Monday, December 24, 2012

Acclimation: Southeast Power Endurance

Salo's Roof (Pep Boys) Soddy Daisy, Tn

Justin captured a post rain climbing experience at The Mill. The clip illustrates three distinct climbing styles and the importance of staying true to the sequence that works best for you. Anything but ideal conditions. Online read 100 % humidity and the cave had condensed. The wall was dark with moisture and the dampened white of the few remaining chalk marks no longer formed the contrast we all look for in a majestic boulder problem. Climbing almost seemed conterproductive and the temptation of a rest day poked at us. Boar's hair brushes were useless and instead seemed to just spread the peanut buttery, toothpaste chalk. We busted out some old wool socks we had sitting in our bags, caked em in chalk, and ran through each sequence a couple times with our hands. It worked! Ultimately, we overcame conditions and a climbing day was saved! Justin managed to send his first v9 along with capturing the footage below. Don't always let conditions dictate your climbing day.

Honey Child v10/v11 starts by climbing Honey comb, a powerful core-intensive v10. At the jug rail, the route exits right, completing Red Headed Stepchild v8 (rather than taking the more moderate v4 exit of Honeycomb). Days after initially completing Honeycomb, a short clip of Matt Ballard on Honeychild appeared on my news feed. Having both individual climbs dialed and a good natural baseline of power endurance, i knew this would be a good fitness link-up to try. After sending Honeychild, I later discovered on 8a that Tim Hink had previously done the link with an even lower sit start variation (Crazer Craver, aka Honeycomb sit, into the RHSC exit). He named the link Bee Line. Since then a jug flake on Crazy Craver has broken, preventing the round about and forcing a more direct line into Honey comb. Next Season!?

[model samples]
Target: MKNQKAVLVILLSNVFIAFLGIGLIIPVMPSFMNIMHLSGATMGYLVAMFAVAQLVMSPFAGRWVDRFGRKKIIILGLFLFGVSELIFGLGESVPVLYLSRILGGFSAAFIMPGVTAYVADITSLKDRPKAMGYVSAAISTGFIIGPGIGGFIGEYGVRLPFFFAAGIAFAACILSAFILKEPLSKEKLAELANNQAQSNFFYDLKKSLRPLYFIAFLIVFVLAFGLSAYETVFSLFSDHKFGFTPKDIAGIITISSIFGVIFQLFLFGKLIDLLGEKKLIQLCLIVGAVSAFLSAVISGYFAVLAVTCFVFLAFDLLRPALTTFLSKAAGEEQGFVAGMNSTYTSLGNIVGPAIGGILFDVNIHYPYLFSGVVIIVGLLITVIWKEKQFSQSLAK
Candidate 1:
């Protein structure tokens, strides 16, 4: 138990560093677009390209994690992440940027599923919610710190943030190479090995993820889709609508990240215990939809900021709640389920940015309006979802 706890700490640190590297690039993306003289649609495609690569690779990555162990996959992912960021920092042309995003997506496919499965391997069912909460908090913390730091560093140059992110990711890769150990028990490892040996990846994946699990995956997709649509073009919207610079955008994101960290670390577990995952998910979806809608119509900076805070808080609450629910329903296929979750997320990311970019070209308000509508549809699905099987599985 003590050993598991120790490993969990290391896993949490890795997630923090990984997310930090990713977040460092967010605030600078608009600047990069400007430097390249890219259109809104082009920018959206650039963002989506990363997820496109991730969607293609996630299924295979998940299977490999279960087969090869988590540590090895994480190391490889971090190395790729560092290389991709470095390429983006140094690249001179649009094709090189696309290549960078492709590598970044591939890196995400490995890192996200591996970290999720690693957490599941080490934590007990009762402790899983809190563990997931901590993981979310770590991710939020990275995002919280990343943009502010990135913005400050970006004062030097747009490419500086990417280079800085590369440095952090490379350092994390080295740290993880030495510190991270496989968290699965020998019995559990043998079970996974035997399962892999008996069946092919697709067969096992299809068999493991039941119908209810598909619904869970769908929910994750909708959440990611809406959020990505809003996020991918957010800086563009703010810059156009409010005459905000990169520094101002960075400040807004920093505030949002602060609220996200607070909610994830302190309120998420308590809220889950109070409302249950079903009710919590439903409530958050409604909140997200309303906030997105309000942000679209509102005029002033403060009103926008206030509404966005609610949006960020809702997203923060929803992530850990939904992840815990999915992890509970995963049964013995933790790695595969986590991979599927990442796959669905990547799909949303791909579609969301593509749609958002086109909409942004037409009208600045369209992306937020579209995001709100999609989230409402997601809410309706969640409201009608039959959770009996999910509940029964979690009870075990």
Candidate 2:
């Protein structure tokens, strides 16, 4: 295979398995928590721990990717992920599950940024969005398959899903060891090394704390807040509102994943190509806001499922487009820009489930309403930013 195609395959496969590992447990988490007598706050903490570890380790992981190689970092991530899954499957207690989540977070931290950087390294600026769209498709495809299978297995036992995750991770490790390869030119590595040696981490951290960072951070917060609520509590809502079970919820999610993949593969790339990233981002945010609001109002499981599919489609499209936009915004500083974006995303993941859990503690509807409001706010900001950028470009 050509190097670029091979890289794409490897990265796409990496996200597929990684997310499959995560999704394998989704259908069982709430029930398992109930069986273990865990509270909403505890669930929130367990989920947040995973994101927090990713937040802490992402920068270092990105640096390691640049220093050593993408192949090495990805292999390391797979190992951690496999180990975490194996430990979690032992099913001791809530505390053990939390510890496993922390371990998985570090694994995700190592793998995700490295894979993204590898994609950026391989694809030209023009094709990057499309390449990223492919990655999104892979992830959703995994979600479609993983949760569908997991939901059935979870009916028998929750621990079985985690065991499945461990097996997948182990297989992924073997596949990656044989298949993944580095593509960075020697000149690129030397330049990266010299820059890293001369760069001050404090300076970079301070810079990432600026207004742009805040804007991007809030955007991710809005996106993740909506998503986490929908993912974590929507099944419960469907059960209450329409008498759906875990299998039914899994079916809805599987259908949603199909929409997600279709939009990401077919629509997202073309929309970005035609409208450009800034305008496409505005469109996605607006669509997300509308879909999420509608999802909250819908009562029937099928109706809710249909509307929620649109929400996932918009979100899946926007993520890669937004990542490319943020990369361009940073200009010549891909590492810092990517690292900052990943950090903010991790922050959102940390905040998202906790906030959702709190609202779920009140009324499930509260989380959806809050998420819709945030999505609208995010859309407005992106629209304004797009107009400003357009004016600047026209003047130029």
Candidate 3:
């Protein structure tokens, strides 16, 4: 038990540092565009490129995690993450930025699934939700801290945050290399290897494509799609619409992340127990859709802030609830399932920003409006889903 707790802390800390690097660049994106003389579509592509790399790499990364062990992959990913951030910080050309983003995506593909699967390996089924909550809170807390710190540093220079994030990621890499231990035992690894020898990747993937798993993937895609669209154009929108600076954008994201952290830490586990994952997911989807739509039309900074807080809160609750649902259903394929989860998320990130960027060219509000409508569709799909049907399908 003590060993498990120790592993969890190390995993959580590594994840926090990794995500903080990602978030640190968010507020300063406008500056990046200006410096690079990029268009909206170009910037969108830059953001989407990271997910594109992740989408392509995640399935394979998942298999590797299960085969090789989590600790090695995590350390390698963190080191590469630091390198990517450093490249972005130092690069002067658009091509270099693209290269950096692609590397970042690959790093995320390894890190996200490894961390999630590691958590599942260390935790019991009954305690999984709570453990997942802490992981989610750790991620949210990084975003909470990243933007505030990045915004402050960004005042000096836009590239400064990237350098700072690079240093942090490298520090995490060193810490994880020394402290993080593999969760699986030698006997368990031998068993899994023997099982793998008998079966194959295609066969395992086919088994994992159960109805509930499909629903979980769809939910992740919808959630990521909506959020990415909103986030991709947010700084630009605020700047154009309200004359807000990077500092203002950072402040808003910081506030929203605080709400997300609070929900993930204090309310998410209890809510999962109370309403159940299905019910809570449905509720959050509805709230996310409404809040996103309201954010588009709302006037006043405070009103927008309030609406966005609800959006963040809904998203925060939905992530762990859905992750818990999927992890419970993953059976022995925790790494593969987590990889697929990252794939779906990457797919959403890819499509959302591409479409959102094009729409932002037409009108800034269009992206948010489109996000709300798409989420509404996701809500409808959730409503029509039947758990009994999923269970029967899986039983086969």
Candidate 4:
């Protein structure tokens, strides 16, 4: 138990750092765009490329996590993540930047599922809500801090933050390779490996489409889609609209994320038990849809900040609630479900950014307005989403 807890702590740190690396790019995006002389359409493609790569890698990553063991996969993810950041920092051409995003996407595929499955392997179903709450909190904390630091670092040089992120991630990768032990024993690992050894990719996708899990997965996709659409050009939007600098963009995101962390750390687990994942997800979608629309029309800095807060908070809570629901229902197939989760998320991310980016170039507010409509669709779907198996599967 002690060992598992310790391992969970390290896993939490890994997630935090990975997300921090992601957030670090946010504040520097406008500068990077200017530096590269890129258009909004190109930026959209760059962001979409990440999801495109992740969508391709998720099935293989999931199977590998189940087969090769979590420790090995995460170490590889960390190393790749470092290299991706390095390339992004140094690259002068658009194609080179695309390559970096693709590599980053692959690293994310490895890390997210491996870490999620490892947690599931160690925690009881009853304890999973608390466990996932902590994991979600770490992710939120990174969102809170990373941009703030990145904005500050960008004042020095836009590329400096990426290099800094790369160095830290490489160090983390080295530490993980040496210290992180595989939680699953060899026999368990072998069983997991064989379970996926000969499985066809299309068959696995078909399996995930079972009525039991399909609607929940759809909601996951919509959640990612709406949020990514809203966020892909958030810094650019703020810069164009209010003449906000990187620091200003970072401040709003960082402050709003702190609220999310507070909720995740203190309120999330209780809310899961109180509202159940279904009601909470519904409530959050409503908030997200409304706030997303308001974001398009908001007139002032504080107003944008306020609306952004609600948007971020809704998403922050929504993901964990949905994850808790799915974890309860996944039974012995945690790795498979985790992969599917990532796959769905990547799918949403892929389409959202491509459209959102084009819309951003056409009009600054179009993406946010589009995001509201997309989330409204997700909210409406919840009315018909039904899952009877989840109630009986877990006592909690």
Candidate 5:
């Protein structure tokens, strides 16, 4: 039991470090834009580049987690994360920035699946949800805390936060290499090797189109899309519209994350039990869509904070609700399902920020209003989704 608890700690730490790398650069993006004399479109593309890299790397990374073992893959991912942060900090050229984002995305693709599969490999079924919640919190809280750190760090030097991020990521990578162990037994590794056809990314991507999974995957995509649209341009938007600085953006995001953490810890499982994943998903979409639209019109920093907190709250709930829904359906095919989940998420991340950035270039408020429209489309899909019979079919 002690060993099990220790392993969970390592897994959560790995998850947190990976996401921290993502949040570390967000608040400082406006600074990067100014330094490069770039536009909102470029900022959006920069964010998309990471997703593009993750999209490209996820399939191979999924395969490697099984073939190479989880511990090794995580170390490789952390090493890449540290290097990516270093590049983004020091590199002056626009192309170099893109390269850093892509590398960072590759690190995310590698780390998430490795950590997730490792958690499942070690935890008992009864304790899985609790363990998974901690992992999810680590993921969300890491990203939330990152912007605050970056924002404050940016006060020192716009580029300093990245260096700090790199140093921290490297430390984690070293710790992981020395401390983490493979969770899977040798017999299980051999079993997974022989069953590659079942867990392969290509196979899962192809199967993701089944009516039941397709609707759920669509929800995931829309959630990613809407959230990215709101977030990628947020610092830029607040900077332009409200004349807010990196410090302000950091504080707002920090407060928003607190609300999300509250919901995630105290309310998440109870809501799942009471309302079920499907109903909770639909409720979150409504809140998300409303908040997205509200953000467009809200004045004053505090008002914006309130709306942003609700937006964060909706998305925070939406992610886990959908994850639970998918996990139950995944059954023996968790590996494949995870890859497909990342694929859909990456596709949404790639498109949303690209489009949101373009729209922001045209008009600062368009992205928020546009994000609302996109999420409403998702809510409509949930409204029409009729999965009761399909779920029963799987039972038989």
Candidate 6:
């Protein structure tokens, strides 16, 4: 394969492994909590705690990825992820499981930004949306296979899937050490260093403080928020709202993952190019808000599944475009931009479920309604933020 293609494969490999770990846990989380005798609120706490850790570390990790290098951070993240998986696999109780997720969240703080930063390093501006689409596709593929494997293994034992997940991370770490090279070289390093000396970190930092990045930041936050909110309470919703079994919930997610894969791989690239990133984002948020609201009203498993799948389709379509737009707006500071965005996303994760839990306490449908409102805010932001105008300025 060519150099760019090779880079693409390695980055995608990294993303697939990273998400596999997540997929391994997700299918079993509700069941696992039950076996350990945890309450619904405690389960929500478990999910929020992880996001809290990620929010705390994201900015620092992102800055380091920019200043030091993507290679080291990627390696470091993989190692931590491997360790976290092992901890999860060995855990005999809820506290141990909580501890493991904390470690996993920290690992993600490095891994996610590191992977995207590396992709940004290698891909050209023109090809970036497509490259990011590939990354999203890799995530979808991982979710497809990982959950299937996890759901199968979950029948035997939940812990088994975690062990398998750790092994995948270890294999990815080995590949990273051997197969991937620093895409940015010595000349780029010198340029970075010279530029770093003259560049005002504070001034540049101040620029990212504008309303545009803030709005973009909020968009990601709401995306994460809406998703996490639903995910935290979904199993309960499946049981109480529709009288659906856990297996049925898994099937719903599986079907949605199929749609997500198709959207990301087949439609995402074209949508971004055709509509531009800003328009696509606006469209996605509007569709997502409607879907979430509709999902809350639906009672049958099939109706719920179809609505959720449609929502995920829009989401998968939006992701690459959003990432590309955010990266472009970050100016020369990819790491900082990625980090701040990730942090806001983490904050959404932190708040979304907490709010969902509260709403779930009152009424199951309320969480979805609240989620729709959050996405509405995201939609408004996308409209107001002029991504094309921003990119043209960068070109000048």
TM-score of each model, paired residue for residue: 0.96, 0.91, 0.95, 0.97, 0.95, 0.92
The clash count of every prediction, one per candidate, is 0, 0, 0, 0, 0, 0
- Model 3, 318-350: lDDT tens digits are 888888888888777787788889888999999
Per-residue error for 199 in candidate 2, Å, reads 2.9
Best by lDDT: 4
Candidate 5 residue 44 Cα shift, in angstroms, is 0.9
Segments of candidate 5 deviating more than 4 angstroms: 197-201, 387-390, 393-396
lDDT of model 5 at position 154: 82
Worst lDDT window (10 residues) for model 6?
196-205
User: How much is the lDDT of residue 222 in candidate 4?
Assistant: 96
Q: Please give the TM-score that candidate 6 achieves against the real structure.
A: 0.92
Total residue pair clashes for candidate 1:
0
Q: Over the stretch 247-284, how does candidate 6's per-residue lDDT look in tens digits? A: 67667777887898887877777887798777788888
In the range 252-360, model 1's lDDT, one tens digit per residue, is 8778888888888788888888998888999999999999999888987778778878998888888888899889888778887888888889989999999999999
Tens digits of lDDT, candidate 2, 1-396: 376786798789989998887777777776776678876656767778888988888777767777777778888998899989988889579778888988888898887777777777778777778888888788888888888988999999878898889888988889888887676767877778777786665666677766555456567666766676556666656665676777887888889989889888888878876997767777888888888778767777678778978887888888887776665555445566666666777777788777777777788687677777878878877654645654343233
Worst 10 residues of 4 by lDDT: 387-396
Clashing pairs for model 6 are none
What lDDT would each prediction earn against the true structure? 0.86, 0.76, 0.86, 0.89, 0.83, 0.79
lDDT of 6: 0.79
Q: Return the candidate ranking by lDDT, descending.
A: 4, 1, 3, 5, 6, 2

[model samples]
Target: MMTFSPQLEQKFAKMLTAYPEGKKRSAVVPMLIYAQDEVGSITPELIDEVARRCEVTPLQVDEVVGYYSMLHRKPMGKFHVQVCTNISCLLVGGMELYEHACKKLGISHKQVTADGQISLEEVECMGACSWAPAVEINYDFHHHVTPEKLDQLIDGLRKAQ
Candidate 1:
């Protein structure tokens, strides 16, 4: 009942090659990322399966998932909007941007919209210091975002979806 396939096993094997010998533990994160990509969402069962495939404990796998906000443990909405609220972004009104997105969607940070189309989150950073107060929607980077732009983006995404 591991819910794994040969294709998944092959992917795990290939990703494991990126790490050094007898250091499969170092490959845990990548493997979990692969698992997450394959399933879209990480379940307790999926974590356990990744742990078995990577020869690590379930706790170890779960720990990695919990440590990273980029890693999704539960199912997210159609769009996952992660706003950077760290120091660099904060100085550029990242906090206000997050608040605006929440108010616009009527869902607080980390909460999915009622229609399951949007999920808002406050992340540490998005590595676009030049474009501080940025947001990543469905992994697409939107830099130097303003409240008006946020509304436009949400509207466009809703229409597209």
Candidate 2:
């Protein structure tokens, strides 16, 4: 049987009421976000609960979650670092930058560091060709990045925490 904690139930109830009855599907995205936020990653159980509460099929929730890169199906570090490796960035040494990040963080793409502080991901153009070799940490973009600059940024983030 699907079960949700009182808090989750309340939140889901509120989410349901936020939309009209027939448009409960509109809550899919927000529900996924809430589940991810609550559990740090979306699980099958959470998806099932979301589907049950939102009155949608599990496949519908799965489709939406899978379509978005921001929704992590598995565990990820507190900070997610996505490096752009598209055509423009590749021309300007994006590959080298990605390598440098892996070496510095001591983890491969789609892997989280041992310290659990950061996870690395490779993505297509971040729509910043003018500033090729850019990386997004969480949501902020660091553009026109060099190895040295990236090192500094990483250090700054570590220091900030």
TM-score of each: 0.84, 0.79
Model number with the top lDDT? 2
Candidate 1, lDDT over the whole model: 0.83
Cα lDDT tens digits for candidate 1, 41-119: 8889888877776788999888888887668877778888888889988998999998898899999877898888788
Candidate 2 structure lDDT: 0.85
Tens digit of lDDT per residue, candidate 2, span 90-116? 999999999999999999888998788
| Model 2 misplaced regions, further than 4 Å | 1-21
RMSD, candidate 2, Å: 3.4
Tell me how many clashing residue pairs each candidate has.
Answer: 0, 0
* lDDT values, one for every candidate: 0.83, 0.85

Blacksmith V9, Power endurance on crimps! Combines a V6ish link into Cyclops, an awkward powerful, facey V6 crimp line. Although individual moves aren't too bad, the Cyclops crux relies on power reserve (a deadpoint accuracy stab and initiation on a 1/3 pad crimp). I relied almost solely on heel-toe cams to keep crucial weight off my fingers. Moving quickly/efficiently and having beta dialed is also helpful. (moderately friction dependent) 

The Orb V8 Rocktown, GA (Photo by Wes Walker)

Nine Lives (V9) Lookout Mountain (15 mins from the house!)

Brent Perkins on Dune Blaster V8/9, Dayton Pocket

Dune Blaster. This particular climb feels like a 90 degree gym roof..that was littered by a new setter...with way more holds than you'd ever need for a standard route. Not necessarily a bad thing. Although it doesn't force movement the way other boulders might, the nature of the overly featured rock allows for some interesting options. Ultimately, your able to create and tweak a sequence that caters to your own strengths rather than having to mimick others. I'd consider the last right hand bump move to be both the crux and redpoint crux. This section involves fighting a moderate pump, but more importantly requires a tight core while pulling onto the headwall. When your ass consistently sags during this last move, its easy to find yourself wishing you'd done a few more front levers the week before.  Without a doubt, a power endurance climb

Josh Livasy cruxin The Big Empty

Mikey D milking the first mini rest of the Big E.

Roommates gettin it done on "Shiver Me Timbers Direct", powerful try-hard V8. 
Photos: Paulina Pena

I Think I can V9, Little Rock City (Crimp ladder eliminant)

Robbing the Tooth Fairy is characterized by sloping directional holds. It relies heavily on the security of left heel hooks and the push of key right foot smears. Bearing down is important, but without the appropriate foot placements, single moves can feel nearly impossible.  Failing to stay focused on each individual move is a no-go.  ADD will spit you off this climb. Delicate but powerful! 

Bedwetters V9, LRC

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